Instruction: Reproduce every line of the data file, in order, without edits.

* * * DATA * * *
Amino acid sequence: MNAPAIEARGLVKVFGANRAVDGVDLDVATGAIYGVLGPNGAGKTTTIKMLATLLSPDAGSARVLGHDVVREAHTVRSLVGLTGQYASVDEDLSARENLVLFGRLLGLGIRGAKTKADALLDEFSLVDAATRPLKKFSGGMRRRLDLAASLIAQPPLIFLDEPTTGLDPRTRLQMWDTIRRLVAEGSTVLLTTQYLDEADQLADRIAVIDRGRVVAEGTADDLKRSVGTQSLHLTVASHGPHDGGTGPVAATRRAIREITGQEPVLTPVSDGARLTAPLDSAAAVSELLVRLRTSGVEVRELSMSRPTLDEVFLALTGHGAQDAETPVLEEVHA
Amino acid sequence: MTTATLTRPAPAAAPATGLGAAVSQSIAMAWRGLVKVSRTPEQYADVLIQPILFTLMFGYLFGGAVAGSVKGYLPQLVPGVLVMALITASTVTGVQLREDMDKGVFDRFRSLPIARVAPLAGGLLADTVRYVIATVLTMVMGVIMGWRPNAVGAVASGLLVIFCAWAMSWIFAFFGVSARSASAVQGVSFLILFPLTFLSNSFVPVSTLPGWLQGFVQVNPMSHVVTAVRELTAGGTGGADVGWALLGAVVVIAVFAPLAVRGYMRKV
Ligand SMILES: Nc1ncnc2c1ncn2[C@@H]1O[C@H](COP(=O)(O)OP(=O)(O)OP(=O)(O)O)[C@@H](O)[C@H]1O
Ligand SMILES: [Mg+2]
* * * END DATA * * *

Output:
Amino acid sequence: MNAPAIEARGLVKVFGANRAVDGVDLDVATGAIYGVLGPNGAGKTTTIKMLATLLSPDAGSARVLGHDVVREAHTVRSLVGLTGQYASVDEDLSARENLVLFGRLLGLGIRGAKTKADALLDEFSLVDAATRPLKKFSGGMRRRLDLAASLIAQPPLIFLDEPTTGLDPRTRLQMWDTIRRLVAEGSTVLLTTQYLDEADQLADRIAVIDRGRVVAEGTADDLKRSVGTQSLHLTVASHGPHDGGTGPVAATRRAIREITGQEPVLTPVSDGARLTAPLDSAAAVSELLVRLRTSGVEVRELSMSRPTLDEVFLALTGHGAQDAETPVLEEVHA
Amino acid sequence: MTTATLTRPAPAAAPATGLGAAVSQSIAMAWRGLVKVSRTPEQYADVLIQPILFTLMFGYLFGGAVAGSVKGYLPQLVPGVLVMALITASTVTGVQLREDMDKGVFDRFRSLPIARVAPLAGGLLADTVRYVIATVLTMVMGVIMGWRPNAVGAVASGLLVIFCAWAMSWIFAFFGVSARSASAVQGVSFLILFPLTFLSNSFVPVSTLPGWLQGFVQVNPMSHVVTAVRELTAGGTGGADVGWALLGAVVVIAVFAPLAVRGYMRKV
Ligand SMILES: Nc1ncnc2c1ncn2[C@@H]1O[C@H](COP(=O)(O)OP(=O)(O)OP(=O)(O)O)[C@@H](O)[C@H]1O
Ligand SMILES: [Mg+2]